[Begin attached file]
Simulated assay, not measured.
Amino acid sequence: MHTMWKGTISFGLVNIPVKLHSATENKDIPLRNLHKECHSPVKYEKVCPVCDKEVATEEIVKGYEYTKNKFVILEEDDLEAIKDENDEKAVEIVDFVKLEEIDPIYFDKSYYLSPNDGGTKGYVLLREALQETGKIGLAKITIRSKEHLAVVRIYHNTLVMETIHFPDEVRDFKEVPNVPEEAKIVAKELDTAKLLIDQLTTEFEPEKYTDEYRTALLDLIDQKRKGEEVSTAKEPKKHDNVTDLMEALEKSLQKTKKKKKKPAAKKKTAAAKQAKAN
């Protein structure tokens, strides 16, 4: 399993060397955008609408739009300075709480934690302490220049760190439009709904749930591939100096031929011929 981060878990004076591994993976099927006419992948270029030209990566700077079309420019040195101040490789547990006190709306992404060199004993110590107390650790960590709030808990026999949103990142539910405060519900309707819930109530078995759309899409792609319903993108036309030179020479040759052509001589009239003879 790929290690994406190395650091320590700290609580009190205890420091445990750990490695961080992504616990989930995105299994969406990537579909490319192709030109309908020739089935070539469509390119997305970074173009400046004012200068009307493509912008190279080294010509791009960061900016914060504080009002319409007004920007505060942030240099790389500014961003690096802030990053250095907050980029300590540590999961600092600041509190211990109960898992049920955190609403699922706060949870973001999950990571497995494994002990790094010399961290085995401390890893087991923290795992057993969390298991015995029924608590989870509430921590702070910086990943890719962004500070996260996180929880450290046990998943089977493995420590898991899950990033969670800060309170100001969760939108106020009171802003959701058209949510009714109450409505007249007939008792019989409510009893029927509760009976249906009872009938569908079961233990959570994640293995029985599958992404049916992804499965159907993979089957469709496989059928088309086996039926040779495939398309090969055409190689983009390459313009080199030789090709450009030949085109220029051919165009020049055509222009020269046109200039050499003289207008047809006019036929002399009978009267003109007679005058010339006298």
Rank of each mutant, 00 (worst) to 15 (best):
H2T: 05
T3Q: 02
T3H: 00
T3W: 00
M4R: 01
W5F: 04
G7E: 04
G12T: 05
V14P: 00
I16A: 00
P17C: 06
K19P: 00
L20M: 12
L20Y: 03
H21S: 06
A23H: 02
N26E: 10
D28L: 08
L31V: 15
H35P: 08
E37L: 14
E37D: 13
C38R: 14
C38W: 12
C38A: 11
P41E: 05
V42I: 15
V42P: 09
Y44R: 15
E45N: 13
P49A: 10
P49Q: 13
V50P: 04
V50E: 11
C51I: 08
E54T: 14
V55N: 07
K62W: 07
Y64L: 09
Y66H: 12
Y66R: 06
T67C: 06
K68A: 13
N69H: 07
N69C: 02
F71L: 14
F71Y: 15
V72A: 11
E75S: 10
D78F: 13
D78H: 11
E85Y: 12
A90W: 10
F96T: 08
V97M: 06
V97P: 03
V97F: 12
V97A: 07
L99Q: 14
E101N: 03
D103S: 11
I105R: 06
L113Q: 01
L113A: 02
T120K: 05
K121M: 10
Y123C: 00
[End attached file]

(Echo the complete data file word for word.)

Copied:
Simulated assay, not measured.
Amino acid sequence: MHTMWKGTISFGLVNIPVKLHSATENKDIPLRNLHKECHSPVKYEKVCPVCDKEVATEEIVKGYEYTKNKFVILEEDDLEAIKDENDEKAVEIVDFVKLEEIDPIYFDKSYYLSPNDGGTKGYVLLREALQETGKIGLAKITIRSKEHLAVVRIYHNTLVMETIHFPDEVRDFKEVPNVPEEAKIVAKELDTAKLLIDQLTTEFEPEKYTDEYRTALLDLIDQKRKGEEVSTAKEPKKHDNVTDLMEALEKSLQKTKKKKKKPAAKKKTAAAKQAKAN
């Protein structure tokens, strides 16, 4: 399993060397955008609408739009300075709480934690302490220049760190439009709904749930591939100096031929011929 981060878990004076591994993976099927006419992948270029030209990566700077079309420019040195101040490789547990006190709306992404060199004993110590107390650790960590709030808990026999949103990142539910405060519900309707819930109530078995759309899409792609319903993108036309030179020479040759052509001589009239003879 790929290690994406190395650091320590700290609580009190205890420091445990750990490695961080992504616990989930995105299994969406990537579909490319192709030109309908020739089935070539469509390119997305970074173009400046004012200068009307493509912008190279080294010509791009960061900016914060504080009002319409007004920007505060942030240099790389500014961003690096802030990053250095907050980029300590540590999961600092600041509190211990109960898992049920955190609403699922706060949870973001999950990571497995494994002990790094010399961290085995401390890893087991923290795992057993969390298991015995029924608590989870509430921590702070910086990943890719962004500070996260996180929880450290046990998943089977493995420590898991899950990033969670800060309170100001969760939108106020009171802003959701058209949510009714109450409505007249007939008792019989409510009893029927509760009976249906009872009938569908079961233990959570994640293995029985599958992404049916992804499965159907993979089957469709496989059928088309086996039926040779495939398309090969055409190689983009390459313009080199030789090709450009030949085109220029051919165009020049055509222009020269046109200039050499003289207008047809006019036929002399009978009267003109007679005058010339006298």
Rank of each mutant, 00 (worst) to 15 (best):
H2T: 05
T3Q: 02
T3H: 00
T3W: 00
M4R: 01
W5F: 04
G7E: 04
G12T: 05
V14P: 00
I16A: 00
P17C: 06
K19P: 00
L20M: 12
L20Y: 03
H21S: 06
A23H: 02
N26E: 10
D28L: 08
L31V: 15
H35P: 08
E37L: 14
E37D: 13
C38R: 14
C38W: 12
C38A: 11
P41E: 05
V42I: 15
V42P: 09
Y44R: 15
E45N: 13
P49A: 10
P49Q: 13
V50P: 04
V50E: 11
C51I: 08
E54T: 14
V55N: 07
K62W: 07
Y64L: 09
Y66H: 12
Y66R: 06
T67C: 06
K68A: 13
N69H: 07
N69C: 02
F71L: 14
F71Y: 15
V72A: 11
E75S: 10
D78F: 13
D78H: 11
E85Y: 12
A90W: 10
F96T: 08
V97M: 06
V97P: 03
V97F: 12
V97A: 07
L99Q: 14
E101N: 03
D103S: 11
I105R: 06
L113Q: 01
L113A: 02
T120K: 05
K121M: 10
Y123C: 00